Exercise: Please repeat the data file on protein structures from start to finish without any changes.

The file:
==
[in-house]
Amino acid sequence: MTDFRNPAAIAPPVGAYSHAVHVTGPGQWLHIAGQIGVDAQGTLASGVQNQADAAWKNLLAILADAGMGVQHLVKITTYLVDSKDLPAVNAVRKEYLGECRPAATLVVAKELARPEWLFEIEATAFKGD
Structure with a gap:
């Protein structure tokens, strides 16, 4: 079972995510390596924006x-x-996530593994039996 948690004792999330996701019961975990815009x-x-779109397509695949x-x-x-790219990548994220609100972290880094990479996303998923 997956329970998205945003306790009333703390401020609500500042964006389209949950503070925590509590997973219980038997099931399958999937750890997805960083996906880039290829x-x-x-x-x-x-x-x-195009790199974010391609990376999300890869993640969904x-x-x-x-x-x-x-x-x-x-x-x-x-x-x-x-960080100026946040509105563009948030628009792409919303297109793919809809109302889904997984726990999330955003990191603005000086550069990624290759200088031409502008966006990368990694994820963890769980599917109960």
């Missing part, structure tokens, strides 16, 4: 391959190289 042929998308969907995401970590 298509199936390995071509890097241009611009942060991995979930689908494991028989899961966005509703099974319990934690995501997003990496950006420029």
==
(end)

[in-house]
Amino acid sequence: MTDFRNPAAIAPPVGAYSHAVHVTGPGQWLHIAGQIGVDAQGTLASGVQNQADAAWKNLLAILADAGMGVQHLVKITTYLVDSKDLPAVNAVRKEYLGECRPAATLVVAKELARPEWLFEIEATAFKGD
Structure with a gap:
């Protein structure tokens, strides 16, 4: 079972995510390596924006x-x-996530593994039996 948690004792999330996701019961975990815009x-x-779109397509695949x-x-x-790219990548994220609100972290880094990479996303998923 997956329970998205945003306790009333703390401020609500500042964006389209949950503070925590509590997973219980038997099931399958999937750890997805960083996906880039290829x-x-x-x-x-x-x-x-195009790199974010391609990376999300890869993640969904x-x-x-x-x-x-x-x-x-x-x-x-x-x-x-x-960080100026946040509105563009948030628009792409919303297109793919809809109302889904997984726990999330955003990191603005000086550069990624290759200088031409502008966006990368990694994820963890769980599917109960």
């Missing part, structure tokens, strides 16, 4: 391959190289 042929998308969907995401970590 298509199936390995071509890097241009611009942060991995979930689908494991028989899961966005509703099974319990934690995501997003990496950006420029």